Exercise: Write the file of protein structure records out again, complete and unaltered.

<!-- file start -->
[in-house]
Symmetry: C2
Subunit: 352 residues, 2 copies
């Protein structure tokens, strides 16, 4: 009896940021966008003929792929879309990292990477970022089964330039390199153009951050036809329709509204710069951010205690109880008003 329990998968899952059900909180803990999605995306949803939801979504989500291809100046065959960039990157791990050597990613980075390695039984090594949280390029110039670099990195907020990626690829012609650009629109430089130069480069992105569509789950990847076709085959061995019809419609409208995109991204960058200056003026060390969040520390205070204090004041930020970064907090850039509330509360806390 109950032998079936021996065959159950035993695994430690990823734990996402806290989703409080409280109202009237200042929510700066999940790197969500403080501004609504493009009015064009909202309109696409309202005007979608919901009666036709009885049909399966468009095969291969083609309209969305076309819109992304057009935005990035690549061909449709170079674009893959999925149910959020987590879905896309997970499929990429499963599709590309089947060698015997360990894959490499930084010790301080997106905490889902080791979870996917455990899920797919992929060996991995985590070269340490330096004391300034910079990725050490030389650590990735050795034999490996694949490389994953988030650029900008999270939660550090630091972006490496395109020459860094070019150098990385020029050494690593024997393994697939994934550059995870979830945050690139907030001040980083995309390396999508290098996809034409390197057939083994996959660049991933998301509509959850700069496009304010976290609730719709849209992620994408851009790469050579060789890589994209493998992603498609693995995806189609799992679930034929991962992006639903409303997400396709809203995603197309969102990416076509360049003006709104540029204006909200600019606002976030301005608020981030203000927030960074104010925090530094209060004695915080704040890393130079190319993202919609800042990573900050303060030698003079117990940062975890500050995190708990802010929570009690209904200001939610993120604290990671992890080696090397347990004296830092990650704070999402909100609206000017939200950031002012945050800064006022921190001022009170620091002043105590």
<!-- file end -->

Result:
[in-house]
Symmetry: C2
Subunit: 352 residues, 2 copies
């Protein structure tokens, strides 16, 4: 009896940021966008003929792929879309990292990477970022089964330039390199153009951050036809329709509204710069951010205690109880008003 329990998968899952059900909180803990999605995306949803939801979504989500291809100046065959960039990157791990050597990613980075390695039984090594949280390029110039670099990195907020990626690829012609650009629109430089130069480069992105569509789950990847076709085959061995019809419609409208995109991204960058200056003026060390969040520390205070204090004041930020970064907090850039509330509360806390 109950032998079936021996065959159950035993695994430690990823734990996402806290989703409080409280109202009237200042929510700066999940790197969500403080501004609504493009009015064009909202309109696409309202005007979608919901009666036709009885049909399966468009095969291969083609309209969305076309819109992304057009935005990035690549061909449709170079674009893959999925149910959020987590879905896309997970499929990429499963599709590309089947060698015997360990894959490499930084010790301080997106905490889902080791979870996917455990899920797919992929060996991995985590070269340490330096004391300034910079990725050490030389650590990735050795034999490996694949490389994953988030650029900008999270939660550090630091972006490496395109020459860094070019150098990385020029050494690593024997393994697939994934550059995870979830945050690139907030001040980083995309390396999508290098996809034409390197057939083994996959660049991933998301509509959850700069496009304010976290609730719709849209992620994408851009790469050579060789890589994209493998992603498609693995995806189609799992679930034929991962992006639903409303997400396709809203995603197309969102990416076509360049003006709104540029204006909200600019606002976030301005608020981030203000927030960074104010925090530094209060004695915080704040890393130079190319993202919609800042990573900050303060030698003079117990940062975890500050995190708990802010929570009690209904200001939610993120604290990671992890080696090397347990004296830092990650704070999402909100609206000017939200950031002012945050800064006022921190001022009170620091002043105590």